How to survive a mixed faith marriage

How to survive a mixed faith marriage January 14, 2021

So many people live in a mixed faith marriage. Perhaps you have never believed the same thing as your partner or maybe over time one of you has lost the faith you both used to share. How can you practically make these relationships work? Atheist turned Christian Jim Thring shares his thoughts.

Jim became a Christian as a young adult. He subsequently lost his faith and spent nearly ten years as a committed atheist. He has since come back to faith through intellectual and personal reasons. You can hear more of Jim’s story here, as well as on our Unbelievable? Christmas special.

What did your deconversion mean in terms of your relationships? How did it impact the people around you?

It did impact relationships. My wife and I were Christians when we met and got married. And we saw ourselves as married under a covenant of the umbrella of the God we both believed in and wanted to bring our children up in the Christian faith. So, the biggest challenge was my marriage.

Some people will think: ‘Hey, what’s the big deal? Believing in God is just like going to a chess club or having a different political opinion or something like that.’ And of course, it’s not really because these are heart matters. These are very personal, very emotive. And understandably, the big question on my wife’s mind was: ‘What does this mean? Does this mean that you don’t want to stay married? Does this mean you want to live a completely different life? How does this play out?’ So, that was something we both worked on together. I was very keen that our marriage survive this and that we find a way to keep doing family.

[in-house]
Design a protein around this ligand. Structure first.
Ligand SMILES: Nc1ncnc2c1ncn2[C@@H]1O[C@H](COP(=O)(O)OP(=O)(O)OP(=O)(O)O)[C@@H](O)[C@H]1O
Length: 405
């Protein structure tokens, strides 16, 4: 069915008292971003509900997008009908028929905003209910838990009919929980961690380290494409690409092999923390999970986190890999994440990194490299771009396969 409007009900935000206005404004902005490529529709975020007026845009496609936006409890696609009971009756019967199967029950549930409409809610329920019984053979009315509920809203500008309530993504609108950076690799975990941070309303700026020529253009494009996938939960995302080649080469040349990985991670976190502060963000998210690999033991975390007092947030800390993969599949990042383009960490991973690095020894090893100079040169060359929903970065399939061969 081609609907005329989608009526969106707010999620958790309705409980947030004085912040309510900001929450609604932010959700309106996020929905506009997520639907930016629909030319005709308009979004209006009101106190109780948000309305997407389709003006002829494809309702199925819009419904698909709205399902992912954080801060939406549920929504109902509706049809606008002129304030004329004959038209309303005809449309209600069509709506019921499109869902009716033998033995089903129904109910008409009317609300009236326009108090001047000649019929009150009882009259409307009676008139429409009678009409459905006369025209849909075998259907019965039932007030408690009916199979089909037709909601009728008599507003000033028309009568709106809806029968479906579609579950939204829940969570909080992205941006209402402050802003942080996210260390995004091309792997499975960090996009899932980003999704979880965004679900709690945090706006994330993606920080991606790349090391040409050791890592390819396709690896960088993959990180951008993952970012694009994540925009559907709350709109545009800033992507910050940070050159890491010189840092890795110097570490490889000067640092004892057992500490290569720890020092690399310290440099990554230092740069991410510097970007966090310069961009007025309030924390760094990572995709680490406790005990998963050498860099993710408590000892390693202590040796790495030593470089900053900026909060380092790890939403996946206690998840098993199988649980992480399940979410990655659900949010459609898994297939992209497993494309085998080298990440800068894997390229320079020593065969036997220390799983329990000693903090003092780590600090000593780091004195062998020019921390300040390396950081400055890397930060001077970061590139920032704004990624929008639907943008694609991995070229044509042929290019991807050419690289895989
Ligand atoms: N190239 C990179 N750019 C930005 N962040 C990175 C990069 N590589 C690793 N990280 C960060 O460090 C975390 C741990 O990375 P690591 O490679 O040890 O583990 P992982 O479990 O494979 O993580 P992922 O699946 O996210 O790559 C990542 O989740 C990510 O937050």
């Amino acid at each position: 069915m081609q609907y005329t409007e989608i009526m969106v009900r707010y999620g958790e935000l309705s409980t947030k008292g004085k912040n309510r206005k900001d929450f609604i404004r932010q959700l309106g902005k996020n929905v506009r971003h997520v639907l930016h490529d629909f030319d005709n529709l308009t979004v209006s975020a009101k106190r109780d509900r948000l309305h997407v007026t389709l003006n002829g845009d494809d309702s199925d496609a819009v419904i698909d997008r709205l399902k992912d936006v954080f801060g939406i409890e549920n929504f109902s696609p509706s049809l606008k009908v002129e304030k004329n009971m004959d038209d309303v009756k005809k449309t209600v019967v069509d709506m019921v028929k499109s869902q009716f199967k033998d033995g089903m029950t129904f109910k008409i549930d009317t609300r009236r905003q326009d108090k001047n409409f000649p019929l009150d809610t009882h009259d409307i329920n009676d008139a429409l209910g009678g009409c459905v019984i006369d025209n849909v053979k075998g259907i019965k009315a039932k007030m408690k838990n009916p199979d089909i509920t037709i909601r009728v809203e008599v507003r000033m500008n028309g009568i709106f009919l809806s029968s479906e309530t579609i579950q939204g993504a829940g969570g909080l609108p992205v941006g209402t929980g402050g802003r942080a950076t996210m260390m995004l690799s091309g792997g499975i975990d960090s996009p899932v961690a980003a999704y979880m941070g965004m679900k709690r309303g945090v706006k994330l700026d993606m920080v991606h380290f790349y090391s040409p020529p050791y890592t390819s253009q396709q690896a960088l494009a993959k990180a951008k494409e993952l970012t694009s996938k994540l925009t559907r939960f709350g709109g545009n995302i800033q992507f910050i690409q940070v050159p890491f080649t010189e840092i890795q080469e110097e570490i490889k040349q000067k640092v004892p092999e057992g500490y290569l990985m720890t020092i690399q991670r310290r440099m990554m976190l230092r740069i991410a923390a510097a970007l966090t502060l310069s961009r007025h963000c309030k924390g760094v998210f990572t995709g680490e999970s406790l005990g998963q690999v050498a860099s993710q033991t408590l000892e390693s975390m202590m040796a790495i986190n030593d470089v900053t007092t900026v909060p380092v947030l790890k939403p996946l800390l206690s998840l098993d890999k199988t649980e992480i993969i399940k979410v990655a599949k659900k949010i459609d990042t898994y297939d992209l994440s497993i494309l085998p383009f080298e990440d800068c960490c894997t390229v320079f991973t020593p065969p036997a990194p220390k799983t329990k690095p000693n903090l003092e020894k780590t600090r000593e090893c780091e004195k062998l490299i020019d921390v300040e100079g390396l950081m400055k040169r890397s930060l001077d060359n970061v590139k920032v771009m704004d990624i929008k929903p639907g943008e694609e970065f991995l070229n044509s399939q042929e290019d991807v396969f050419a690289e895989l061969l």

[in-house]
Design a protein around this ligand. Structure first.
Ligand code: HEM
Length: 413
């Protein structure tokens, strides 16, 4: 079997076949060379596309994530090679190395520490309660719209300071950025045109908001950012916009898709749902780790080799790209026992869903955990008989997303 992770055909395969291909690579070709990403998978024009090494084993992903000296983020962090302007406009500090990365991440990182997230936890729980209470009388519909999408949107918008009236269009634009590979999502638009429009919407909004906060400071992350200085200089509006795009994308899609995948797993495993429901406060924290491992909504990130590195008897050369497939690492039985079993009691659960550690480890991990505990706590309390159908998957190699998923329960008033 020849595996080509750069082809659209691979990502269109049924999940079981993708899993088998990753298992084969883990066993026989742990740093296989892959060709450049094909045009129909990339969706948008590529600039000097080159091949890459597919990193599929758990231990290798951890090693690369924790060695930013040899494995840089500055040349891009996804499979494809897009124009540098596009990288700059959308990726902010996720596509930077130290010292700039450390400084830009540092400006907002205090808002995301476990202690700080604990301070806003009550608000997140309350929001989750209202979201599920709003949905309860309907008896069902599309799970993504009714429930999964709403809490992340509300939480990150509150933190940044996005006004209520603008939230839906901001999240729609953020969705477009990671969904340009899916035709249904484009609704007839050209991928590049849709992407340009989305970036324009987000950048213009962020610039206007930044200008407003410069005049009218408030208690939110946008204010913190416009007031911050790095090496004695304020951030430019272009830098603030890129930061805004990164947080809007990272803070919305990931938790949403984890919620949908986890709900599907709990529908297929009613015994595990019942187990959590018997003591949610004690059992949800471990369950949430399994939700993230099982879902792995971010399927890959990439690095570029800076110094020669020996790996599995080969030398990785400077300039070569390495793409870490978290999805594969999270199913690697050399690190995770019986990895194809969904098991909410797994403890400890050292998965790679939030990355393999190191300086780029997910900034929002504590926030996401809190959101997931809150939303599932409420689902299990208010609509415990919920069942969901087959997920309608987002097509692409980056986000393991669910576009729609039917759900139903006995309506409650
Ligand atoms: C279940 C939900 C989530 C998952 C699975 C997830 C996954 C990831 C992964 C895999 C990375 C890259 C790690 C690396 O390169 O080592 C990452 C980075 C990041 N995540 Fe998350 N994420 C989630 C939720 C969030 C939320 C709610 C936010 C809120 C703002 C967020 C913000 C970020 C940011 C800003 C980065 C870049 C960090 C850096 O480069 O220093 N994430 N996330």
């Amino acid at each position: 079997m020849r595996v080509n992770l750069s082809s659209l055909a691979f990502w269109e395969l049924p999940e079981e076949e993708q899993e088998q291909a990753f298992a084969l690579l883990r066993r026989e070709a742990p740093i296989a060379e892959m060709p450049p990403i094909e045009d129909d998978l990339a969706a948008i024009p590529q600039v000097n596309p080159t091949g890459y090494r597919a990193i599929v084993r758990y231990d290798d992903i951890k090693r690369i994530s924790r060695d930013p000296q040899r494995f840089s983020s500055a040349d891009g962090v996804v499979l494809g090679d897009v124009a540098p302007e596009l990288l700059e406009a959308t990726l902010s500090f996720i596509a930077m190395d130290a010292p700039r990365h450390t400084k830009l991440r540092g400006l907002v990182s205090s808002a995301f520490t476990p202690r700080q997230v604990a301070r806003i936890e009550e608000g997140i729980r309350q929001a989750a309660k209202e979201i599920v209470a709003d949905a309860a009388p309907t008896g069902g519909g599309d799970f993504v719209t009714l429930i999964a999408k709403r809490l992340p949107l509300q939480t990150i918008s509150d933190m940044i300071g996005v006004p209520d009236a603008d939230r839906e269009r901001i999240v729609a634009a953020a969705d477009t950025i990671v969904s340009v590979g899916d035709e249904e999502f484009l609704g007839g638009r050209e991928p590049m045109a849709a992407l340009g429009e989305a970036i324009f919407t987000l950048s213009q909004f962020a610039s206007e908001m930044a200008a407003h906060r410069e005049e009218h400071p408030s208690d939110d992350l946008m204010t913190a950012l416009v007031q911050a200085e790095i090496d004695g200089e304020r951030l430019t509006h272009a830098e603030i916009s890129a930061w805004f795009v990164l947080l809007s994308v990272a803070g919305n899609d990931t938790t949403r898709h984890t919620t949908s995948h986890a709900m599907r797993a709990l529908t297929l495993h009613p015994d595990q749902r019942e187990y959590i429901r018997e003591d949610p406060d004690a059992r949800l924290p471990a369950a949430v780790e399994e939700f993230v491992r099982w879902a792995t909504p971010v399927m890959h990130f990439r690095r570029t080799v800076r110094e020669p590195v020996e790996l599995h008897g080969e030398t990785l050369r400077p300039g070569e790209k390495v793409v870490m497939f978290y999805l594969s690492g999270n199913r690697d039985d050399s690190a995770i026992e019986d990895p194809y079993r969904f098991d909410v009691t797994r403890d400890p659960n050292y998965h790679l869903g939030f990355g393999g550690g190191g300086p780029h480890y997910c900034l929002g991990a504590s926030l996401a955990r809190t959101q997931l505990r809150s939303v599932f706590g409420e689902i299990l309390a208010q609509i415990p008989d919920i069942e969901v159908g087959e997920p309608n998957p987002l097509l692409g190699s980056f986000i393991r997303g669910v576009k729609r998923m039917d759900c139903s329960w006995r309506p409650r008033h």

My wife had a very good mix of being very gentle, but at the same time she was very clear she still believed. She was also very clear that she still wanted to take our kids to church. And I didn’t resist that. I think, rather arrogantly, I thought: ‘I’ll get them some way. You can take them to church, but I’ll find a way to get my views across more surreptitiously.’

I was also very keen – probably a little selfishly – to make sure my Christian wife, family and friends didn’t perceive the step I made as ‘now I’ve decided to do life my own way, that means there’s no bar to anything, no limits, no boundaries’. I certainly didn’t want to be the one to blame for a family breakdown. So, I was very keen to make sure that we kind of rode this challenging period that we had.

What advice would you have for people in mixed faith marriages? How do you make it work?

This is only based on my experience, everyone’s experience is different, people’s characters and relationships are different. I think, speaking from my own experience, it’s probably a case of trying your best to discern where the other person is at. My wife knew, especially early on, that I wasn’t really prepared to have a conversation about faith. And the Christians at church were very careful not to push too hard and not to box me into a corner. But they just continued to stay connected and continued to love me and respect the position I’d taken. And that was really important, because it gave me breathing space.